Consolidation among companies in the government services sector over the last half-decade has inevitably led market observers to ponder the prospects of merger-and-acquisition deals between the largest GovCon platform and product makers.
At various points over the last six months, chief U.S. military weapons buyer Frank Kendall has expressed his concerns over the idea that the number of prime defense contractors could shrink in numbers and potentially reduce market competition in the area.
He first told a group of defense reporters in early October that the Defense Department wanted to work with Congress on legal tools to maintain the current prime defense composition as is, then subsequently took to CNBC’s airwaves a couple of weeks afterward to reiterate that message.
On Wednesday, the Justice Department and Federal Trade Commission weighed in on the matter and said they also want to use their status as antitrust agencies to “work closely” with the Pentagon to analyze any potential merger or acquisition in the defense industry.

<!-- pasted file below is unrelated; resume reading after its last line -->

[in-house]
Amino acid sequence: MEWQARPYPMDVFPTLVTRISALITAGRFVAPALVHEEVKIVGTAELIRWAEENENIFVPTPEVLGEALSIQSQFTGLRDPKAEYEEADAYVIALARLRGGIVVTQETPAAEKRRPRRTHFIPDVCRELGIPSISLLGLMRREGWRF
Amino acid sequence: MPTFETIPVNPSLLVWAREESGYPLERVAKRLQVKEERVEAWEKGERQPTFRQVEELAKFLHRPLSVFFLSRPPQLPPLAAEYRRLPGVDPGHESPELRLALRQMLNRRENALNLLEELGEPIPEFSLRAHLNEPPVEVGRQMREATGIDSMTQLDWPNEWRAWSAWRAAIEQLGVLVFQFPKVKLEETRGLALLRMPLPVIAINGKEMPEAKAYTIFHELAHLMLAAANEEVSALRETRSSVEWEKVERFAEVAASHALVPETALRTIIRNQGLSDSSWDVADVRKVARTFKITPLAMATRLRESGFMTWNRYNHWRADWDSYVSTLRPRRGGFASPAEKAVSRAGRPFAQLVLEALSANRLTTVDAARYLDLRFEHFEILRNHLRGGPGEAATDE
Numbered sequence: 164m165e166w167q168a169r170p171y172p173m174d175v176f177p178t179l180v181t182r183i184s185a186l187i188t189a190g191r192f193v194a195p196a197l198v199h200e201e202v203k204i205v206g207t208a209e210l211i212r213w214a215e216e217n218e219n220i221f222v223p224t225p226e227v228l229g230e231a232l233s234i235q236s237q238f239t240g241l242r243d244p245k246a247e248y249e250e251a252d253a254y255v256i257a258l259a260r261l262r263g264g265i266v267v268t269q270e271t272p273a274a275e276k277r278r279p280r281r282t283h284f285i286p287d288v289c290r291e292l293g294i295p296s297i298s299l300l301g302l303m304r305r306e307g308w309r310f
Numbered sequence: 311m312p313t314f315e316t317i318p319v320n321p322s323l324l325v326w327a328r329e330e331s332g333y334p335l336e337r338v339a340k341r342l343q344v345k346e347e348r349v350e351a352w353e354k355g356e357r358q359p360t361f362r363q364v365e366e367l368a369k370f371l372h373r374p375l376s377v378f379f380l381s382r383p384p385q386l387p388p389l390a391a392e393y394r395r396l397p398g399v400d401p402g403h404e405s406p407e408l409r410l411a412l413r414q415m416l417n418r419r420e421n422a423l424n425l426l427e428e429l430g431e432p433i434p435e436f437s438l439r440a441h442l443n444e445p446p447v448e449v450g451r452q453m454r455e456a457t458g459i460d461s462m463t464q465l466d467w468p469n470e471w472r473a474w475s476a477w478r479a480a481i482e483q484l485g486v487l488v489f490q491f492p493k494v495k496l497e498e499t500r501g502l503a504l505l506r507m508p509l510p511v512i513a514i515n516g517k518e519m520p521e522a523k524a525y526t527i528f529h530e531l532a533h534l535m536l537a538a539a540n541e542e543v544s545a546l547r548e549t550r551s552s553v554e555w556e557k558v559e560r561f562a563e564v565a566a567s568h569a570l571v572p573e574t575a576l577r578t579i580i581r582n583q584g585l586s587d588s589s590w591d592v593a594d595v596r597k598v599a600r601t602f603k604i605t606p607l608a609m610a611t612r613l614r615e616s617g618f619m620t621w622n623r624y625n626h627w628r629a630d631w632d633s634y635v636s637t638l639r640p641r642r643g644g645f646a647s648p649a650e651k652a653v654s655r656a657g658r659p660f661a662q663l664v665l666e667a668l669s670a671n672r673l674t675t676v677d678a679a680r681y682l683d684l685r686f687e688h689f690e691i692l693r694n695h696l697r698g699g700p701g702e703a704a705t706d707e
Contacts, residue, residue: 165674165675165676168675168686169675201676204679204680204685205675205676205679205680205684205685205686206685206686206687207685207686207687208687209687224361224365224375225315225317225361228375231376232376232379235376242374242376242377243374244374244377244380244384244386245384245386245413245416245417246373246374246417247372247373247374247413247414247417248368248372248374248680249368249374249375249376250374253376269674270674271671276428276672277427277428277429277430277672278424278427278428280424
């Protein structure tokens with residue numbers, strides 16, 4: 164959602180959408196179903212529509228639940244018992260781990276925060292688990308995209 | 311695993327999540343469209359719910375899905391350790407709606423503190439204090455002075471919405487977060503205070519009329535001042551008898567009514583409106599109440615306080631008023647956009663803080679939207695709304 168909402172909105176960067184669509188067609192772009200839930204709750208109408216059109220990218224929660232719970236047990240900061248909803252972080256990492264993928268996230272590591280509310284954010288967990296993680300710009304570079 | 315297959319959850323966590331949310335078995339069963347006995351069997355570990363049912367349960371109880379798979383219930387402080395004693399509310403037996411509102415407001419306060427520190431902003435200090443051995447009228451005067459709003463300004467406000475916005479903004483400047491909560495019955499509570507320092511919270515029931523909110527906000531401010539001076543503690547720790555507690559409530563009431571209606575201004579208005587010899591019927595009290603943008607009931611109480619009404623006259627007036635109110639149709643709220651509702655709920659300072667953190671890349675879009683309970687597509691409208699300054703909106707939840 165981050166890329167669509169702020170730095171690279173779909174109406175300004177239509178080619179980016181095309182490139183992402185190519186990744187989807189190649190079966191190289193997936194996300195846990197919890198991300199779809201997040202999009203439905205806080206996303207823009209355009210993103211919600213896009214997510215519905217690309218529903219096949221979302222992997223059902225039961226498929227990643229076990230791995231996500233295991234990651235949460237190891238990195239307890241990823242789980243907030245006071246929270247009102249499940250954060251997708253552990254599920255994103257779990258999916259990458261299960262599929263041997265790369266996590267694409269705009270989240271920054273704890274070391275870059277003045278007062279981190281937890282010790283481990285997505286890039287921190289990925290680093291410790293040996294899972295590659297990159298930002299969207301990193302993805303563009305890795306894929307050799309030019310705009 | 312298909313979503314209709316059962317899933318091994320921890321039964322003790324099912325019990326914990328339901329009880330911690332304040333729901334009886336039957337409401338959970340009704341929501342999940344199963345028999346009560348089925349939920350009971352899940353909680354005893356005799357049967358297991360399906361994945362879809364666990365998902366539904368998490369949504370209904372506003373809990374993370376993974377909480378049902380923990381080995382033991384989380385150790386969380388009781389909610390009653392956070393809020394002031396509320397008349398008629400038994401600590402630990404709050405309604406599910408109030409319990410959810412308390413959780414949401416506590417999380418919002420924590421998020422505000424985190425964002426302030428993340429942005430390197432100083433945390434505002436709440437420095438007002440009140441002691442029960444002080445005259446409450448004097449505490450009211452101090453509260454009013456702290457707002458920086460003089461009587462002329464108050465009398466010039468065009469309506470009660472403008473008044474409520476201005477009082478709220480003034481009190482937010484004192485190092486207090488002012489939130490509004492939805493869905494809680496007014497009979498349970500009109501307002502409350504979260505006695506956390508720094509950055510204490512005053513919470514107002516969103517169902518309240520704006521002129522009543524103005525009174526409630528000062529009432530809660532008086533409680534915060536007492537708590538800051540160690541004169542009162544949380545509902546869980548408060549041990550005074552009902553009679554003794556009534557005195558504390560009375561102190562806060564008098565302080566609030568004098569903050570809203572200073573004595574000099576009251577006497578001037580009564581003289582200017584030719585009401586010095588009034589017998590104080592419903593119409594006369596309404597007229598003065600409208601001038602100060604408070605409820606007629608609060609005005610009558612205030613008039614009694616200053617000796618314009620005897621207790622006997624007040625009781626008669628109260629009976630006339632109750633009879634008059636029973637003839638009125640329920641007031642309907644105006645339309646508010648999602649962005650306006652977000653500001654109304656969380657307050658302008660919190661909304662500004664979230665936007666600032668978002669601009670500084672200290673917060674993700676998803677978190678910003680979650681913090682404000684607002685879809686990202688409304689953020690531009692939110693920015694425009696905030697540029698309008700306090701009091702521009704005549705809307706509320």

Both the FTC and DOJ described their “necessarily general” antitrust guidelines as applicable to the defense sector but also highlighted its unique aspects affected by any major deal or acquisition.
“(We) also consider… high barriers to entry, the importance of investment in research and development, and the need for surge capacity, a skilled workforce, and robust subcontractor base, ” the joint statement said.
A Pentagon spokesperson subsequently told Reuters DoD has ended its push for new legislation to regulate GovCon M&A deals for national security reasons.
All of the U.S.’ “Big Five” contractors (Boeing, General Dynamics, Lockheed Martin, Northrop Grumman & Raytheon) and other primes will report first quarter earnings in April’s final week, which gives analysts their chance to get industry’s point-of-view on the M&A landscape.
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